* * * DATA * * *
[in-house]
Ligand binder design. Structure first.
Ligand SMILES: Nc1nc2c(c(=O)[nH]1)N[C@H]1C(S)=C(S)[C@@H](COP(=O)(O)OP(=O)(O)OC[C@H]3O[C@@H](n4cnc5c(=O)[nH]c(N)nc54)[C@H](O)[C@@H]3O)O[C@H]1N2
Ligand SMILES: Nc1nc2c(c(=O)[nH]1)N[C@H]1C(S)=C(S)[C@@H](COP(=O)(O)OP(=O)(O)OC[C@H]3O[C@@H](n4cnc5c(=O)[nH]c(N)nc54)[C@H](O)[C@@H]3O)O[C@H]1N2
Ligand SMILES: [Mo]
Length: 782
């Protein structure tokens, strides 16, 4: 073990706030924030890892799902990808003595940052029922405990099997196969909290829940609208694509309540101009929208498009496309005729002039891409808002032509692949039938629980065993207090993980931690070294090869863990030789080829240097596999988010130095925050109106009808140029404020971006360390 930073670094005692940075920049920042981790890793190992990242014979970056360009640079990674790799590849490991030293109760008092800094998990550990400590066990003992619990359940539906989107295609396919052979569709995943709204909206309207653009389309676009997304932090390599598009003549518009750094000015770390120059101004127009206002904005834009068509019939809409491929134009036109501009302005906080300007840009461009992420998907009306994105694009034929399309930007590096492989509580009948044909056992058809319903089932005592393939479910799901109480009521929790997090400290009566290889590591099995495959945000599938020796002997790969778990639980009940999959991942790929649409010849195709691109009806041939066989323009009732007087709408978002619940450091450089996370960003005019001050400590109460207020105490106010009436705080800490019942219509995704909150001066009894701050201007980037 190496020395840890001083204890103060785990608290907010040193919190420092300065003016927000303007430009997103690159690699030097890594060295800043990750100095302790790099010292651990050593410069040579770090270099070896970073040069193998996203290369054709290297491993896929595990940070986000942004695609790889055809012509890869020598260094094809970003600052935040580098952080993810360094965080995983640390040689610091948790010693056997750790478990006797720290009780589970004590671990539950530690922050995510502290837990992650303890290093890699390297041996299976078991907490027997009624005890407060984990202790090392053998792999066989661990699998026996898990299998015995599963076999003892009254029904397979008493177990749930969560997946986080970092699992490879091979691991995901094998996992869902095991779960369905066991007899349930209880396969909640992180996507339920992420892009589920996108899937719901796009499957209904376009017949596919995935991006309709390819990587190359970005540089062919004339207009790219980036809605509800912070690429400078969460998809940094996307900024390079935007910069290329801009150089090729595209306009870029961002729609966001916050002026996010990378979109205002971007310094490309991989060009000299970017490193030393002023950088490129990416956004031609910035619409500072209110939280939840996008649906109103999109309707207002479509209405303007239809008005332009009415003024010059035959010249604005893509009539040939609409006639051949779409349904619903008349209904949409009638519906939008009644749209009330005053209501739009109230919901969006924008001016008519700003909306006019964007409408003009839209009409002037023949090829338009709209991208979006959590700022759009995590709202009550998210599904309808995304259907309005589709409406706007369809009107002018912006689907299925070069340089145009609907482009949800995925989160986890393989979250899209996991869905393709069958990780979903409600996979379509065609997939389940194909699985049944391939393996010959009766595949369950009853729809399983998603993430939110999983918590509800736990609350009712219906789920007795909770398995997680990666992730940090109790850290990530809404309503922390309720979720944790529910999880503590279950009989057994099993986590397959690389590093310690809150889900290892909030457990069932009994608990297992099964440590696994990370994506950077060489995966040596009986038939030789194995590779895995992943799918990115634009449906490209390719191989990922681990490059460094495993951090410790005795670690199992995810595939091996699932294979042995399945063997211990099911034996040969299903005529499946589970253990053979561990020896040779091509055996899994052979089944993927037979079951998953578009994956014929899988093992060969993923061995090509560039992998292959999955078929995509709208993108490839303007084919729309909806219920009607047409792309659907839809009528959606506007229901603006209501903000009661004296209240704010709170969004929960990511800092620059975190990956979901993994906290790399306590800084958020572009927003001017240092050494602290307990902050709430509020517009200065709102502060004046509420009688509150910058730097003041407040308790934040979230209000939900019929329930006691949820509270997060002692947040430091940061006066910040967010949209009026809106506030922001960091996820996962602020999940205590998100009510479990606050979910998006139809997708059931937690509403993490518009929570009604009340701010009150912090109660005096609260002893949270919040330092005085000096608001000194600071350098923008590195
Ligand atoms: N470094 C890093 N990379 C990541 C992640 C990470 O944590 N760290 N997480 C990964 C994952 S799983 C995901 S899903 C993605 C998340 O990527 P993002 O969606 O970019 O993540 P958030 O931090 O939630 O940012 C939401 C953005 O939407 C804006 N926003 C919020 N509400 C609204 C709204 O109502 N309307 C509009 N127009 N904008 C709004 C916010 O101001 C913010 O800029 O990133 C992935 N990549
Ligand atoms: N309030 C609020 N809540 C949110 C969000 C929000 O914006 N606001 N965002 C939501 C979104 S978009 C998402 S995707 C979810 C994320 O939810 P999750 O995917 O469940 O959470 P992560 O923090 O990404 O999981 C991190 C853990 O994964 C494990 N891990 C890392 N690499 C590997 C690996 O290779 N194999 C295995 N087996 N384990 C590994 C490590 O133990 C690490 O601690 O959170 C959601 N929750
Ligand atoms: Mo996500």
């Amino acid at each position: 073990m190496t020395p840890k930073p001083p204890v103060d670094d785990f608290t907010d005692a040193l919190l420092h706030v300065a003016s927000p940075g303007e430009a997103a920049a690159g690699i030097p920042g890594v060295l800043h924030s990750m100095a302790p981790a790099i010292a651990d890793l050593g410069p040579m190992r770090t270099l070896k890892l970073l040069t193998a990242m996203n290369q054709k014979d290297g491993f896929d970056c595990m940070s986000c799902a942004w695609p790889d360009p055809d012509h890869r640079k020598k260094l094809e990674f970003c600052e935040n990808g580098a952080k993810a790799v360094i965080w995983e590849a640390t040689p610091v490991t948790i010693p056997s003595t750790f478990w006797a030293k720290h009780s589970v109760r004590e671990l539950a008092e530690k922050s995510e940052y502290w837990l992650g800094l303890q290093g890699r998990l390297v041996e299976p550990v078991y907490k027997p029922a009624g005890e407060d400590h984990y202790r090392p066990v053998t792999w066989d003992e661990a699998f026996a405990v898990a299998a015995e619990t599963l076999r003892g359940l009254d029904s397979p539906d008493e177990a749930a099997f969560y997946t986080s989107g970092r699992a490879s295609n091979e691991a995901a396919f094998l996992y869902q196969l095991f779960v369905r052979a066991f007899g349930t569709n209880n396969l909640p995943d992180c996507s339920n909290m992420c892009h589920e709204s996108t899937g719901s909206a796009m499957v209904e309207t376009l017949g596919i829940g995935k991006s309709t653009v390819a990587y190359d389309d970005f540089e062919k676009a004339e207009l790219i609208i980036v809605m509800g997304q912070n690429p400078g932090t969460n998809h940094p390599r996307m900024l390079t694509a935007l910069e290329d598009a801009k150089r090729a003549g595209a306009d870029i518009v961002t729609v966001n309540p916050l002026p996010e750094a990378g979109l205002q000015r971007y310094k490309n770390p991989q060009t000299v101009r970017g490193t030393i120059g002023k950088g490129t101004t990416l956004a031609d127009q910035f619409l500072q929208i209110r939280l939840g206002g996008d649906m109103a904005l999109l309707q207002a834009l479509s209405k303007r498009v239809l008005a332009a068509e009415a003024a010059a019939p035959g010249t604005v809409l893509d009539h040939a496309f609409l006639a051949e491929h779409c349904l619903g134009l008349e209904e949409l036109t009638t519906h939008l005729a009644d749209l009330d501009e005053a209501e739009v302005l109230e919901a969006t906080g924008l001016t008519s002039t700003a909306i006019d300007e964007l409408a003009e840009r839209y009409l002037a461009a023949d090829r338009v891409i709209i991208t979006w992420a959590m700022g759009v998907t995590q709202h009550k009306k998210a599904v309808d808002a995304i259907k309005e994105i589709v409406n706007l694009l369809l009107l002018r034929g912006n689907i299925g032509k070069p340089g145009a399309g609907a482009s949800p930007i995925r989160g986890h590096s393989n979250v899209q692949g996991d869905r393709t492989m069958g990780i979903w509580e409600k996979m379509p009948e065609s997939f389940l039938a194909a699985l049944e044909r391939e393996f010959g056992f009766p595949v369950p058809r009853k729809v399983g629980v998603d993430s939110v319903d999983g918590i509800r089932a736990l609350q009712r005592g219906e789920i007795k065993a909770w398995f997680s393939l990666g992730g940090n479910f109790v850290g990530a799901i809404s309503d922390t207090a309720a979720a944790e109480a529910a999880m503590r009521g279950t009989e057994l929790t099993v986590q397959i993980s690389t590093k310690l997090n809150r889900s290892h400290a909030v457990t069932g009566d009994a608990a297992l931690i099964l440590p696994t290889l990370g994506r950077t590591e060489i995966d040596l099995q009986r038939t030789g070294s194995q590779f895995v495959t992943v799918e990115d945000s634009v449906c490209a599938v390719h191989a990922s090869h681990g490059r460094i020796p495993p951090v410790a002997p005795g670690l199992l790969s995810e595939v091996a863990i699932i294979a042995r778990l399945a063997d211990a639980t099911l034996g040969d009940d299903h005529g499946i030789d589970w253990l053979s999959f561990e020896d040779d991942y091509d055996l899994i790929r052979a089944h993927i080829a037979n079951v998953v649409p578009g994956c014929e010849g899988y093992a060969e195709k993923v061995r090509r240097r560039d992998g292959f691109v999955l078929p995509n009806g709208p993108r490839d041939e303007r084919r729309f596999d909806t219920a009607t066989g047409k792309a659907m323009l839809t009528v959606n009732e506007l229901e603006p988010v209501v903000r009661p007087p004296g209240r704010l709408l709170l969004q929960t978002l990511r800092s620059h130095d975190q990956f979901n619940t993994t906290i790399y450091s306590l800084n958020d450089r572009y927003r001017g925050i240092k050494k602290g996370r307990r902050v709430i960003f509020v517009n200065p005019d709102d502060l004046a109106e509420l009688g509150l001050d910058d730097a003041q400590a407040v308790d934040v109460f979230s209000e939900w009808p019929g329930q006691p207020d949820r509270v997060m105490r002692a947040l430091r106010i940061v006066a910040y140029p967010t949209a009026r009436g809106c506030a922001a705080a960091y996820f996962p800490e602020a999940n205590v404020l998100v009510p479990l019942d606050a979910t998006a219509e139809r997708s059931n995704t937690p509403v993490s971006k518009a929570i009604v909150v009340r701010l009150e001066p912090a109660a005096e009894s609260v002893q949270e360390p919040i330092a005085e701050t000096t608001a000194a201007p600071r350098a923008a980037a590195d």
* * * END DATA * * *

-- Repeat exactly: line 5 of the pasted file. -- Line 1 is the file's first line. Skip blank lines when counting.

Ligand SMILES: [Mo]